When and how did your love for fashion begin?

I have always loved beautiful clothes for as long as I can remember. My mother was extremely extra in her youth, she always wore costumes, and she hardly ever wore anything that was not designed specifically for her. I used to go with my mother to her consultations with tailors and witnessed the process of making something as simple as her nurse uniform. It was amazing to watch, her attention to detail and excitement thereafter was what caught me.

Did you study fashion?

I’ve studied fashion all my life. I know all the fashion editors in South Africa, where they started and where they are now, all the fashion designers, their greatest work and great flops! They don’t know me though. I self-taught everything I know about the business of clothes and it was easy because it’s something I love.

Please tell us about your fashion line, when and how did you start it?

Mobu by Melo was born in 2014, after I graduated from university back in the village with no job. It is during this time that I lost my mother. I spent a lot of time with father in his garden watching him mourn the loss of the love of his life. He taught me about Soil as God. That’s when I decided to take all my life lessons and skills and put them to use in the form of a tangible medium I can share with others but also teach what I know with. I decided to name this medium Mobu meaning  “Soil” in Sesotho after hearing my father’s teachings.

Tell us more about Mobu by Melo.

Mobu is not only about clothes; it’s about changing our mindset as a youth. It’s a reminder of who we are as a people, where we come from, where we are, and where are going. I’ve realised that sometimes we get so obsessed with competing with our western counterparts that we forget our biggest power. There’s nothing wrong with competing, don’t get me wrong, but we are guaranteed to lose if we forget ourselves in the process.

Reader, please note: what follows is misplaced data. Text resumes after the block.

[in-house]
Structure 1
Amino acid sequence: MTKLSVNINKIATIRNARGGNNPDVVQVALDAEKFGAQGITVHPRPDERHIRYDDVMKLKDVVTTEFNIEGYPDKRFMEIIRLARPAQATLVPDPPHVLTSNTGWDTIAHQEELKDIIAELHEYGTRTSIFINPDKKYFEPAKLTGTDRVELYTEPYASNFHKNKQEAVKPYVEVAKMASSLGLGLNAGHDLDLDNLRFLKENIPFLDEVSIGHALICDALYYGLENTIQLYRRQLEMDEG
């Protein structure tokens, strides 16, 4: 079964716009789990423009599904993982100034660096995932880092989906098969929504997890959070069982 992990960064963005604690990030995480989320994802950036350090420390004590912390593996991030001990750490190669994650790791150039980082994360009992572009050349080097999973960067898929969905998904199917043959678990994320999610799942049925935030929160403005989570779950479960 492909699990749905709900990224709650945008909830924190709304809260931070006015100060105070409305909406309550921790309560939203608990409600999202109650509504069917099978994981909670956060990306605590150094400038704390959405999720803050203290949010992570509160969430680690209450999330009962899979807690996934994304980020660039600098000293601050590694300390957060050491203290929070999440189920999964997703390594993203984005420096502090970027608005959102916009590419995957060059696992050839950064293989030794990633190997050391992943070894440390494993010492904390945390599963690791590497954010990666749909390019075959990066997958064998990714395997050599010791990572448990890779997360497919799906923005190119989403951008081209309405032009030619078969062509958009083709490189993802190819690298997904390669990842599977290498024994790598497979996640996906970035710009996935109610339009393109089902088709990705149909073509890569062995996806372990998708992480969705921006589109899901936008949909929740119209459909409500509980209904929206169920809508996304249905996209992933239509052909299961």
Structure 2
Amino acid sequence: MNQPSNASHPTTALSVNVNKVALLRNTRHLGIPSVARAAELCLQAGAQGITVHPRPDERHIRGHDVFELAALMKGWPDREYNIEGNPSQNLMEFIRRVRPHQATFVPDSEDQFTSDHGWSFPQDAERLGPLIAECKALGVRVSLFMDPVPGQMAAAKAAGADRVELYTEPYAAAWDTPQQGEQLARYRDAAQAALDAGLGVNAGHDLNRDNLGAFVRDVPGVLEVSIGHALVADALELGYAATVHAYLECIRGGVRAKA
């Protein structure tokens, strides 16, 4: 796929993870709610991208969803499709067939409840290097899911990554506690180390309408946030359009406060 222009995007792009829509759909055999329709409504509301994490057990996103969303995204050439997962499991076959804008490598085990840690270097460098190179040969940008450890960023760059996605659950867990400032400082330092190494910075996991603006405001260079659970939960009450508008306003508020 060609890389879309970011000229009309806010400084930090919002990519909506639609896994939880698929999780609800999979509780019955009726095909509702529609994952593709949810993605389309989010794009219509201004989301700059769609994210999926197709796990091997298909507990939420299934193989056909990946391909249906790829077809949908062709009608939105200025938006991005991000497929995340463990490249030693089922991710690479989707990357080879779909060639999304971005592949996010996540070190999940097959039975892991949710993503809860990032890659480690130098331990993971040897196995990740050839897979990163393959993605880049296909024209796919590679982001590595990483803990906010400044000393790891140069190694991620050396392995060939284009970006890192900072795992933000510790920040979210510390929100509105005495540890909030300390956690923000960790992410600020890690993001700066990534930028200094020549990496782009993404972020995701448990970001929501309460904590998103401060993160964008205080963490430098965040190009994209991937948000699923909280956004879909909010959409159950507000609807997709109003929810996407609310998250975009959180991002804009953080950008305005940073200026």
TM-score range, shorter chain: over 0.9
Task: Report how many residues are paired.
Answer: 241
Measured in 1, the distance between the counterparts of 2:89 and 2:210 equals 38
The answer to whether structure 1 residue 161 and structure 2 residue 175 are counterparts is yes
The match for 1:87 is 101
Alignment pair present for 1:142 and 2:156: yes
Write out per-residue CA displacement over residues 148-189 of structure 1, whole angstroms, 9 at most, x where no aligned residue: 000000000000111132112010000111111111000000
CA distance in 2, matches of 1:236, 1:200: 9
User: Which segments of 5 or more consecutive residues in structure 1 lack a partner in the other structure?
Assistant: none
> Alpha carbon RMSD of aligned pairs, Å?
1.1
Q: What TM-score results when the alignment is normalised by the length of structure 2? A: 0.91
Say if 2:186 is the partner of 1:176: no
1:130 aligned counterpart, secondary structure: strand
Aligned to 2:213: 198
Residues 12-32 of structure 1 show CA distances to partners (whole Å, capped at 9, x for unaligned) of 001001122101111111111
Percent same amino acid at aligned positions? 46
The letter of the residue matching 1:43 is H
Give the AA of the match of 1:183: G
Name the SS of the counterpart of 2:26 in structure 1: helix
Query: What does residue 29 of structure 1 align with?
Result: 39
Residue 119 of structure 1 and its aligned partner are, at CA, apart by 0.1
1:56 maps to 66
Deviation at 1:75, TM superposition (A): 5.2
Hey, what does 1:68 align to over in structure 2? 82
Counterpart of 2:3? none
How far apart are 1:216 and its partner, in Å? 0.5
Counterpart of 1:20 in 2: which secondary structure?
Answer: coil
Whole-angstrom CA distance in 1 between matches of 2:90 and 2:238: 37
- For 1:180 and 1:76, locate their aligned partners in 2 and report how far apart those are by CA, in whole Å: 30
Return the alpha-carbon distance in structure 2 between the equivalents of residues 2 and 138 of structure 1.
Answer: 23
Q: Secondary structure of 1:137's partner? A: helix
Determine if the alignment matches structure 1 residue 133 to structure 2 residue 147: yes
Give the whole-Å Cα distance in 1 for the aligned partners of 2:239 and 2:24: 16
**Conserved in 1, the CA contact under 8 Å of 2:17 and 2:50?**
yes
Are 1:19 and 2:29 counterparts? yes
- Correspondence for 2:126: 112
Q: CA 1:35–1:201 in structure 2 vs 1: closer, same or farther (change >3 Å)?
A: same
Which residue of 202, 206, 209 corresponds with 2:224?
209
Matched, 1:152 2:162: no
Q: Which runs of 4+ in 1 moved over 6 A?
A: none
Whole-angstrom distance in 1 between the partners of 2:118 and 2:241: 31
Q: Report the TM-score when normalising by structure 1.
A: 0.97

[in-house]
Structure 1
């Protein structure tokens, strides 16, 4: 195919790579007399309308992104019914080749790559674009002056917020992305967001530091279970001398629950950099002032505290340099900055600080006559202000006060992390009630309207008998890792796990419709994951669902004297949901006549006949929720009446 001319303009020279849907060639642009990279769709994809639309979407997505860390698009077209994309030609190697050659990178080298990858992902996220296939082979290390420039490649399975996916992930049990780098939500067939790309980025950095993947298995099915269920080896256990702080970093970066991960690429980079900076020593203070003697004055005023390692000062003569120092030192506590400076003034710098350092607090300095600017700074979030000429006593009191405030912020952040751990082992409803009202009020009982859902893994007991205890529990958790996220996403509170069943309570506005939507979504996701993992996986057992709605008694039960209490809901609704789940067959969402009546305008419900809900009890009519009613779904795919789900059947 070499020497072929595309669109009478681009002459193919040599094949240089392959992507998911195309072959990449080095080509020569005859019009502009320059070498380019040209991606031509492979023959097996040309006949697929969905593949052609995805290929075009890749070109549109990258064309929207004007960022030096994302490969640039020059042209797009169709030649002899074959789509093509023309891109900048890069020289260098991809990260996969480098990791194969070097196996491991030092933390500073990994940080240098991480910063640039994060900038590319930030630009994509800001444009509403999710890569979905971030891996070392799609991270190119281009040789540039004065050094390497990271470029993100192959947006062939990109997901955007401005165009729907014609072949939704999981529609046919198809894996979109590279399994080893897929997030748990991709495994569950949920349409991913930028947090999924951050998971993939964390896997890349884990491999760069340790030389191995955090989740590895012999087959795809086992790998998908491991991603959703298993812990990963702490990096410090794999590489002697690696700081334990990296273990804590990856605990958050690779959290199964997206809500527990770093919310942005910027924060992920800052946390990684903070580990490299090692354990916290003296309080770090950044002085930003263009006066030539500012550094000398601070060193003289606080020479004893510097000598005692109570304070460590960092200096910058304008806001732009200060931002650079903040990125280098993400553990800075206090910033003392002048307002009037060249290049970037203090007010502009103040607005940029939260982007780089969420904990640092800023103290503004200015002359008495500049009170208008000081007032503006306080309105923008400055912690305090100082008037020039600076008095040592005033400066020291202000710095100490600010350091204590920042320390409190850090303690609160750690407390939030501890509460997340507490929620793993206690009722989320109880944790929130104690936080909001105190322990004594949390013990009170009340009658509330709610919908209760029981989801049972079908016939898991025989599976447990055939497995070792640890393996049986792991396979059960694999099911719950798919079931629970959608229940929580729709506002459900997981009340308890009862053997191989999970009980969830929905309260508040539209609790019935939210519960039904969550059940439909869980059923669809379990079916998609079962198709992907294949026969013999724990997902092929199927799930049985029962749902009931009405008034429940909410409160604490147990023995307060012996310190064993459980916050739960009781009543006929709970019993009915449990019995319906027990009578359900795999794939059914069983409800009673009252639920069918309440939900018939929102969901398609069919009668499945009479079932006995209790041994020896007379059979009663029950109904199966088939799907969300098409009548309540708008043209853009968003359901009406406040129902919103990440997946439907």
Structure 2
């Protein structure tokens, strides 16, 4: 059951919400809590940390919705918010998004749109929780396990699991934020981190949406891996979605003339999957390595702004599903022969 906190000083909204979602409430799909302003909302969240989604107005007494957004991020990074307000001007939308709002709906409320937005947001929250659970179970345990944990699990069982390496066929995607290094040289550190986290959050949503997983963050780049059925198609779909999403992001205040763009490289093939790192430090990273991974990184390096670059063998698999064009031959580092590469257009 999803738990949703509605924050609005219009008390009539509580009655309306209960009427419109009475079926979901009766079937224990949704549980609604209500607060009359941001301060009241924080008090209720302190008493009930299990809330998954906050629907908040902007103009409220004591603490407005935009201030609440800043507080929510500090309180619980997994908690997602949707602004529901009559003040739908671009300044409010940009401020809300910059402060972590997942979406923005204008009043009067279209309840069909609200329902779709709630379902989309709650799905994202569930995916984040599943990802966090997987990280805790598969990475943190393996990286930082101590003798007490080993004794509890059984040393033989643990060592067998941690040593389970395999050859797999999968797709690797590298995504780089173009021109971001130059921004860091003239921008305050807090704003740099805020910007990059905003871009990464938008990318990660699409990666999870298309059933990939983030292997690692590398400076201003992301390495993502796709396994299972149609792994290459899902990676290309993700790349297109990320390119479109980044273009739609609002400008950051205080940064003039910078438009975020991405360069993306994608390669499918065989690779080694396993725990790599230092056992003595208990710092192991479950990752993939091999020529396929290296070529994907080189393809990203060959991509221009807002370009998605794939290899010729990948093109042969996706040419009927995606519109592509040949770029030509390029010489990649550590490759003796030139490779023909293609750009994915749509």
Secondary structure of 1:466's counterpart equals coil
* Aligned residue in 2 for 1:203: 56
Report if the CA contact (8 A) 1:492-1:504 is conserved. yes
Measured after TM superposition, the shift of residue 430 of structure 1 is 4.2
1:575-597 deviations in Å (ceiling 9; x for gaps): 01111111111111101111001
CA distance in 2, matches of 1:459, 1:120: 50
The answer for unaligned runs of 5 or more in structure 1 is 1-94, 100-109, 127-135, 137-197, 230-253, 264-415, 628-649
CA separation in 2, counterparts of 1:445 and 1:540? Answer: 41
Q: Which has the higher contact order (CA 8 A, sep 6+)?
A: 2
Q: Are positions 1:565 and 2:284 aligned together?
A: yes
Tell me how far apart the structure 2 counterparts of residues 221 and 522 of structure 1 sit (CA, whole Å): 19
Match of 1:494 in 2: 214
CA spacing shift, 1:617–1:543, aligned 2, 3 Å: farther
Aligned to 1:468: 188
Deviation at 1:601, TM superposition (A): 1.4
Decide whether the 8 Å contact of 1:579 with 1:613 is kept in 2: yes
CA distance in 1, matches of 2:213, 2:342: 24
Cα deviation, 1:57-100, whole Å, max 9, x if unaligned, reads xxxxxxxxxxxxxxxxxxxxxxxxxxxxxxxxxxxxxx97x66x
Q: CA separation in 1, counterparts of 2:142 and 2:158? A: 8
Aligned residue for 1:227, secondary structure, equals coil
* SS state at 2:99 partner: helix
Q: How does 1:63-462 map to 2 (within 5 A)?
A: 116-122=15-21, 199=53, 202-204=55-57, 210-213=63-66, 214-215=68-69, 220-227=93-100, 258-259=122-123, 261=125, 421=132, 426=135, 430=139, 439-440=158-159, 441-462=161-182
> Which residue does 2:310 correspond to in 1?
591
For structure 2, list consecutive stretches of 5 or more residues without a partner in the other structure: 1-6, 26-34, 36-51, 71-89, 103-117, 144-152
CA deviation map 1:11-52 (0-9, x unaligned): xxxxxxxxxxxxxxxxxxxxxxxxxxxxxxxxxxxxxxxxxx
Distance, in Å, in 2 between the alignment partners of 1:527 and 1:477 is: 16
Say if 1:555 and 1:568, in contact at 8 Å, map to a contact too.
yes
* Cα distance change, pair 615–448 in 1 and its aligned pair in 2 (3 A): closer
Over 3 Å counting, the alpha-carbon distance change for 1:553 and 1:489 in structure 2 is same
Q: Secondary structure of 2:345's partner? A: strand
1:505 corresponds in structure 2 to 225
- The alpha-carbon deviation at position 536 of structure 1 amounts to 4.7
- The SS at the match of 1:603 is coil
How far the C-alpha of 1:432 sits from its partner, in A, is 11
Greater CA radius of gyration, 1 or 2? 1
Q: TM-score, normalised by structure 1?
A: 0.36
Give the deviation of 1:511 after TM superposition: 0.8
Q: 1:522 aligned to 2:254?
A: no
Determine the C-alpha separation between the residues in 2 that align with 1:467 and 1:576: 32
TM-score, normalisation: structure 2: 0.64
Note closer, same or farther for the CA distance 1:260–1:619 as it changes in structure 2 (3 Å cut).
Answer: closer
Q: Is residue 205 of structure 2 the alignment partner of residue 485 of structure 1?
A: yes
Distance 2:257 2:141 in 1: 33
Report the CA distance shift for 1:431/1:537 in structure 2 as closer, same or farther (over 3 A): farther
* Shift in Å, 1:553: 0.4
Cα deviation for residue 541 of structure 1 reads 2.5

What made you make clothes that are dedicated to the plus size woman?

I aim to challenge the current state of fashion in our country, particularly how plus size models are mostly viewed sexy when they are sexualised and objectified. I want to show that plus size clothing deserves the same amount of creative effort as any design in the industry. We need this to fight the abnormalisation of African bodies, to show future generations that there’s nothing wrong with us and that we will not conform to a westernised definition of us.

What sort of challenges do you face in your line of work and how do you overcome them?

I am a black young single female from a village without a trust fund, that’s a challenge on its own. But that’s the story I’m trying to tell with Mobu, that and other many stories that are part of our lives; the fact that I am very intentional, when I have decided that I’m not losing I won’t lose. That’s how I overcome the challenges that come with the work that I do.

How is the public receiving your brand?

I don’t know – I can’t say yet if people, especially my clients, are getting what I am trying to say with the clothes I make for them. I won’t lie though, I have been getting calls from people I looked up to and people my age that inspire me, asking for garments so maybe, just maybe. I am humbled by the response I have received so far but it’s just the beginning.

What advice would you give someone who’d like to follow your career path?

Know and love yourself. Study. Study. Study! Then execute. After executing don’t sleep. Continue studying.

Images by Kgomotso Neto

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